I'm not sure I have any idea what it means for a day to be so yellow that it is advisable to stay indoors. I think it's a London fog kind of thing. But after seeing Angel Street's opening scene, with a Victorian-era woman standing pensive and concerned in a dark room, bathed in the yellow light gathering at the curtains she holds back from the window, I begin to form a definition that works wonderfully over the course of this taut suspense thriller.
From that opening scene, which foreshadows the essential quality of lighting in the Manningham home and mixes in an overpowering score with a finely tuned performance from Jane Fromme, the audience is tangled in an aura of suspense as thick as the London fog that distorts perceptions and clouds our vision of the world before us.
Angel Street is an old-fashioned thriller, psychological at its core. It was originally written for the stage in the '30s and is familiar to some as the basis for the movie Gaslight. It's hard to imagine a playwright taking such a conventional approach to laying out a mystery for an audience these days, but the play need not be seen as a relic. The further the theater goes in pushing its boundaries, exploding its form and structure, the more aware we become that the best stories are still those that immerse themselves in the unexplored terrain of the human psyche.
The play's atmosphere of tension is established as Mrs. Manningham moves about her 1880s sitting room, interacting with one of the house's two servants, trying not to disturb her husband. When he awakes, the sense of worrisome expectation is heightened throughout a long interchange in which the characters speak without ever looking at each other, revealing volumes in the averted glances. We are alternatively brought through sickeningly sweet moments of release juxtaposed against tight-wire tension that leaves the characters and audience at the point of snapping.
Throughout the first third of the play, we are limited to the Manninghams and their servants as the source of our understanding of the reality of this home on Angel Street. The production's biggest flaw is the heavy-handed approach that this crucial opening scene takes to establish the two principal characters. Though Fromme is exquisitely conflicted and can easily lead the audience to question her sanity, her husband comes across as too easily pigeon-holed.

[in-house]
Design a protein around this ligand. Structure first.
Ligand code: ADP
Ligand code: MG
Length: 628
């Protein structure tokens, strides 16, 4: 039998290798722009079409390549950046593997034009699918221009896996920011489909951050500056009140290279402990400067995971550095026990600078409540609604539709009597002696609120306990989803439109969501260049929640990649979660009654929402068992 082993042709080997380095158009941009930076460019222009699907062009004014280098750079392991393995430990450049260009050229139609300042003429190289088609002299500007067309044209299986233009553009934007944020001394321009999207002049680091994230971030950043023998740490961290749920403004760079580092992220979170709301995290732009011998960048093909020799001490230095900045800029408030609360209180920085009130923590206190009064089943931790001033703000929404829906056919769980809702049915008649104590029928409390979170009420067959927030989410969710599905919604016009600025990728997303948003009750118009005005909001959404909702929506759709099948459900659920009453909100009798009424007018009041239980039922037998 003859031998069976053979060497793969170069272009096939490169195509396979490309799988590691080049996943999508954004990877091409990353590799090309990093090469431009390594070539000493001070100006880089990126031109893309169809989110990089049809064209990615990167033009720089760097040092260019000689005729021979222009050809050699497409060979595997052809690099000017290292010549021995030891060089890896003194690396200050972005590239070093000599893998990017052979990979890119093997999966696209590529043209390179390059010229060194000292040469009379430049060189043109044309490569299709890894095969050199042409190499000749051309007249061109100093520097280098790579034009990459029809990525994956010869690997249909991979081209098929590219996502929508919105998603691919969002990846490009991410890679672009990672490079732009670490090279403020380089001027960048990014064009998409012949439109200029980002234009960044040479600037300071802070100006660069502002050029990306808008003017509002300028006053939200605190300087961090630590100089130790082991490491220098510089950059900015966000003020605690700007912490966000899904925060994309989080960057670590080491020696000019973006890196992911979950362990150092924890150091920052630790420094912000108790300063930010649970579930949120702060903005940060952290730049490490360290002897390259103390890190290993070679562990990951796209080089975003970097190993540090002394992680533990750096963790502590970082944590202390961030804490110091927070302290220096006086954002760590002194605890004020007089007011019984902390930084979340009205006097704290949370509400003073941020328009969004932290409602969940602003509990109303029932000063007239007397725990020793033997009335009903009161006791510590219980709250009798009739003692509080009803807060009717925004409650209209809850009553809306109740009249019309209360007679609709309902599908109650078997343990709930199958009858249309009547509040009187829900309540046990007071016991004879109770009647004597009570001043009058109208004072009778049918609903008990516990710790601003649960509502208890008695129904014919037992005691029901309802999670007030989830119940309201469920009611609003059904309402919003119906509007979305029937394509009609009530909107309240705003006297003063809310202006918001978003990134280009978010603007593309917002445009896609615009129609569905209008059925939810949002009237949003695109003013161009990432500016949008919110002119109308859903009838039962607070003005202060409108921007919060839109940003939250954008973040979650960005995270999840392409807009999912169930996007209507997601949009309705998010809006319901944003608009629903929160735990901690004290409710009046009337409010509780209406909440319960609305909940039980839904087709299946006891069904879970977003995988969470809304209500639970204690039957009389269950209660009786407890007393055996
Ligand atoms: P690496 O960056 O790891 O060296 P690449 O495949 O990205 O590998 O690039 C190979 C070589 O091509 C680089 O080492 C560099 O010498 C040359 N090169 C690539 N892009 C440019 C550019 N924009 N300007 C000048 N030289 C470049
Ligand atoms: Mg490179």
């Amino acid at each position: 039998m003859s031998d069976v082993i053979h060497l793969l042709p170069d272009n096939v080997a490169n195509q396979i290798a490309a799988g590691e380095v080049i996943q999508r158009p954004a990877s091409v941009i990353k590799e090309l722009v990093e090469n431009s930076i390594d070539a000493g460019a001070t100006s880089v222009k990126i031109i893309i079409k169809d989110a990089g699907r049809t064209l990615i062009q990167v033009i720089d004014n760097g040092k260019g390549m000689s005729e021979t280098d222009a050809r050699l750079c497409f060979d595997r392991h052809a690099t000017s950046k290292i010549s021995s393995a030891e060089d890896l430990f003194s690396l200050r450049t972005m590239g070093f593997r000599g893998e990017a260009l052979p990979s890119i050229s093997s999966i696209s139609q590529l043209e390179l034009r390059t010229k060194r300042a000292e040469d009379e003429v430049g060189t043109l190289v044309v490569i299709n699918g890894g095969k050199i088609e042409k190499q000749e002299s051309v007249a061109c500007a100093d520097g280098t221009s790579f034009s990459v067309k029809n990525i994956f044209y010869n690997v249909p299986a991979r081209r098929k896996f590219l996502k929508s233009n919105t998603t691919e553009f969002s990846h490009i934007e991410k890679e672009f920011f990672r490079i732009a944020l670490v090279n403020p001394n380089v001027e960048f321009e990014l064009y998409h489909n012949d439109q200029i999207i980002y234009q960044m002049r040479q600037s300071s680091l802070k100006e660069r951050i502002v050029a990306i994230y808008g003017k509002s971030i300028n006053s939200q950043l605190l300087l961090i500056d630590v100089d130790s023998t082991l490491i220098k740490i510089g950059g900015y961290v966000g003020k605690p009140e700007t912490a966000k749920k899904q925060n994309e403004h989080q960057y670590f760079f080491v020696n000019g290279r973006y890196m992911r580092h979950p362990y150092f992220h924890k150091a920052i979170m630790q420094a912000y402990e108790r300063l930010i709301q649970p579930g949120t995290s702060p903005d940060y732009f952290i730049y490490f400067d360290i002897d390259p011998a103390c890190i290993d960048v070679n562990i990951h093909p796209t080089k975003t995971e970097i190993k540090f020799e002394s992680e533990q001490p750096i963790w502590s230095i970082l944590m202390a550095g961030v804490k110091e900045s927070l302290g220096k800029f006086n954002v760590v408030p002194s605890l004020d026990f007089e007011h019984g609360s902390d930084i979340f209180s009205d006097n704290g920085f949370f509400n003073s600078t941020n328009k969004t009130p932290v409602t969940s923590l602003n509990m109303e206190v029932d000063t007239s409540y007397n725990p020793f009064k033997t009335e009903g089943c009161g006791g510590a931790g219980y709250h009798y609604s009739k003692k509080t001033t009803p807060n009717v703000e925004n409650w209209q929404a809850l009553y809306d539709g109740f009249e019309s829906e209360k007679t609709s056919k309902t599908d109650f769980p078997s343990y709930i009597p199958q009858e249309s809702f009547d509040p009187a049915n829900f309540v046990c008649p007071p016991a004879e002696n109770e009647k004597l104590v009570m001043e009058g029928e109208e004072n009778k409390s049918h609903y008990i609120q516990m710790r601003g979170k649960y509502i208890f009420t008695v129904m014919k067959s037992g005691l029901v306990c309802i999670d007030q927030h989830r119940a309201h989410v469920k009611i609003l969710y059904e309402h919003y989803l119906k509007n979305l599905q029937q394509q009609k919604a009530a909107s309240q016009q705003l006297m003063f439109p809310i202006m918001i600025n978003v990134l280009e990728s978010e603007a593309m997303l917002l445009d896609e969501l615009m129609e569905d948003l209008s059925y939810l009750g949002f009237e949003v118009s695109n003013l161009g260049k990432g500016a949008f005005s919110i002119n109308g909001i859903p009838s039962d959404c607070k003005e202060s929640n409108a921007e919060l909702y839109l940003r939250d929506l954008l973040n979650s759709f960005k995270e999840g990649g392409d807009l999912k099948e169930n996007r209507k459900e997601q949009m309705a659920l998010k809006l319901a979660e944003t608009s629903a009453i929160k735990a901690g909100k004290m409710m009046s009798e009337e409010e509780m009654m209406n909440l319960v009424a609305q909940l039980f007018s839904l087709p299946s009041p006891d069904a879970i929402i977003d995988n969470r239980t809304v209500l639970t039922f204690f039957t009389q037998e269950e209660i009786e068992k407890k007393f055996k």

Tom Paradise's Mr. Manningham is a wonderful villain in his capacity as a patronizing, manipulative and insensitive husband. Director Rob Urbinati lets Paradise dwell in the one-dimensional realm of what contemporary audiences recognize as an abusive husband, denying us any chance to be misled or confused about where our allegiances should lie. Once the third principal character, Inspector Rough, enters the scene, our own involvement in actively unraveling the mystery is forfeited and we are at the mercy of the play's exposition. Clarity bursts on the scene with the arrival of Christopher Lowell's bright and comic Sergeant Rough, and things are essentially as they seem from that point on.
The wonder of Angel Street is its ability to keep the audience in an unrelieved state of apprehension, even when the plot seems predictable. Urbinati shows his mastery at orchestrating the tension, making it as real as any character, palpable and overwhelming in its persistence.
But just as effective as the original treatment of a textbook suspense story is the subtext of the relationship between the married couple. While there is an element of honest-to-goodness murderous treachery played out over the course of the play, it isn't hard to see the psychological torture as a metaphorical manifestation of the struggle two characters endure as they try to determine their identities in the relationship. There is something archaic about the structure and style of the story, but that merely underscores the potential for resonance in a horrifying view of domestic imbalance.